There’s a lot on Shawn Langdon’s plate these days. Coming off his first Top Fuel final round of the season, Langdon is trying to end his first year driving for Kalitta Motorsports on a good note.
There’s also the big news that Langdon, a former Top Fuel world champ, revealed last weekend in Dallas, announcing he will be transitioning to the Funny Car ranks for 2018. That means getting acclimated to a Funny Car for the first time in his life, trying to do that as his Top Fuel season comes to a close.
So how does he stay focused with such a frenetic schedule? By racing, of course.
This weekend, Langdon will race at the famed “Million Dollar Drag Race” at Montgomery Motorsports Park, returning to his sportsman roots with the hopes of cashing in big against some of most talented drivers around. For someone like Langdon, who admittedly “lives and breathes this sport,” it’s the perfect – and perhaps only – way to unwind.
“If I’m not out there racing a Fuel car, on the weekends off I’m racing my sportsman cars,” Langdon said on Drag Illustrated Editor-In-Chief Wes Buck’s weekly live Facebook show. “Drag racing, it’s a way of life for me. I can’t get enough of it and I love doing it. It can be hectic and it can be very difficult, not really having many weekends off during the racing season, but it’s what I choose to do because I enjoy it, because I love it.”
There’s nothing carefree and easygoing about this weekend, however. The top sportsman racers will be locked in, trying to claim a life-changing payday, as Jeff Verdi did a year ago when he won $300,000.
The high-stakes nature of top-level sportsman racing is as intense and as mentally draining as any racing out there, but it is something Langdon has always enjoyed. Bracket racing is where Langdon honed his skills, winning Super Comp national championships in the Lucas Oil Drag Racing Series in 2007 and 2008. Langdon wholeheartedly believes those years of experience in the sportsman ranks paid off tremendously when his Top Fuel career started in 2009.
“I definitely think going and racing on off weekends, it makes you better, it keeps you sharp,” Langdon said. “Going to these bracket races, it’s incredibly tough. You have to be .00 on tree, you’ve got to have your car dialed in. There’s so many key elements you can take from the bracket racing and translate to the Top Fuel car when you’re racing in those pressure situations and pressure moments. You’re able to block out those distractions and focus on the job at hand.”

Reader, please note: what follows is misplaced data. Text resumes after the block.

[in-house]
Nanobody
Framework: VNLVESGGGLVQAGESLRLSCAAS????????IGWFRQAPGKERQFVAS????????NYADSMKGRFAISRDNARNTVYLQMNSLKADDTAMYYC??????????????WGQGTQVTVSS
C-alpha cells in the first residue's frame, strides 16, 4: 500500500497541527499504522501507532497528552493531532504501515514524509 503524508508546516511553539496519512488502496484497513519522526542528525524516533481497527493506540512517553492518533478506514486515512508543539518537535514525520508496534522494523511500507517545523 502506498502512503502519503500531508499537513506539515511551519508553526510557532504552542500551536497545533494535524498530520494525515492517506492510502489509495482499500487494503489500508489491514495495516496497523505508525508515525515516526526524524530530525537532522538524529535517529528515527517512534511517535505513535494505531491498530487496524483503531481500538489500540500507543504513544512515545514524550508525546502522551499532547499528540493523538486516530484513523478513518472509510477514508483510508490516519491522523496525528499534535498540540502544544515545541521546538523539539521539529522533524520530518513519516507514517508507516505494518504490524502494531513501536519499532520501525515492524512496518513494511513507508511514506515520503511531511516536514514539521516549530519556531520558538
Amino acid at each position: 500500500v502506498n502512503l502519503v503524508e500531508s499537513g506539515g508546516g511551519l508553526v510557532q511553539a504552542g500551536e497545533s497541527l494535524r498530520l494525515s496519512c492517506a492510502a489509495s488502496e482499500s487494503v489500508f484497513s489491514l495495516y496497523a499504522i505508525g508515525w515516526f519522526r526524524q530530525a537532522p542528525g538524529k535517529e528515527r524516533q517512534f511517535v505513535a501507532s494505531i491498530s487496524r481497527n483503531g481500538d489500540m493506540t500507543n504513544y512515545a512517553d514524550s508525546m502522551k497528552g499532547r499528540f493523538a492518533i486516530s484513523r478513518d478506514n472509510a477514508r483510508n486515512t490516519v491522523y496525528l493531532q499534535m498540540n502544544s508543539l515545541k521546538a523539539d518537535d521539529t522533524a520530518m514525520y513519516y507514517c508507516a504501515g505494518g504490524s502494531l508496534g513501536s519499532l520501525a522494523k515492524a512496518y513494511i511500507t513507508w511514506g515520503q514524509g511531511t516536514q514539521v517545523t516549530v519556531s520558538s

There’s no doubt that weekends like this one are a mental grind, requiring intense mental focus over long hours and up to nine rounds of racing. Langdon has always thrived in pressure situations, relishing the spotlight in big moments, which again is something that only came about after years of intense sportsman racing.
“You’re letting go of the button for $50,000,” Langdon said. “To be able to block out all of that and perform, it takes a special talent and it takes a lot of practice. That’s one thing I really enjoy about going to these bracket races. You get put into these situations of racing the best of the best for a lot of money.
“For me, the money is a huge incentive, but it’s the challenge of it. It’s not just going out there and being good a couple times throughout the day. It’s nine rounds to win these races, so it’s keeping your focus. Being able to keep that mental focus for 18 hours a day, it’s long and it’s grueling.”
Overcoming that grind and staying focused for hours upon hours is something that has translated well to Langdon’s NHRA career, becoming one of best in the sport on the starting line.
It’s characteristics that should also serve Langdon well on his next transition. He only sat in a Funny Car for the first time a week ago and besides the immediate reaction to the clutch dust quickly covering him, Langdon couldn’t help but be excited. It’s been only enhanced by the enthusiasm from Kalitta Motorsports and his sponsor, Global Electronic Technology, who were quick to get behind Langdon when the opportunity came about.
“Man, I’m so excited,” Langdon said. “I sat in the car and it’s just so completely different. There’s so many things that are different, and it’s such a different look. I’ve been a dragster guy my whole life. I’ve driven a couple door cars, but obviously the Funny Car is a different animal. It’s such a great opportunity. I’m so thankful they would consider me for that ride. It’s a huge change of pace for me.”
Langdon has been a longtime proponent of the skill level involved in sportsman racing, and he credits the versatility needed to excel in bracket racing for his own improvements as a driver. Transitioning into the Funny Car ranks is next, and that versatility will undoubtedly be needed. He’s already spoken to teammate and close friend J.R. Todd, who made the switch from Top Fuel to Funny Car this year, multiple times about the move.
The gameplan is to get licensed next week after the Las Vegas race, and get a couple extra runs in so Langdon can be ready to go for testing early next year. He’ll again lean on his sportsman experience with the new challenge, but Langdon has no problem setting big goals for 2018.
“I definitely am hoping that versatility will pay off,” Langdon said. “But I have a lot to learn. I’ve asked J.R. about it, and a lot comes back to you – you’re going to need to get in the car. With these cars, you can only tell people so much. It’s the seat of the pants feel that you have to get used to over X amount of runs. The second you get comfortable in them, they’re going to throw you a curveball. You just have to get in there and drive them and get that feel.
“I want to be ready to go. I want to go into Pomona ready to rock n’ roll and be competitive. Making this move, they’ve put a lot of faith in me, so I want to perform for them.”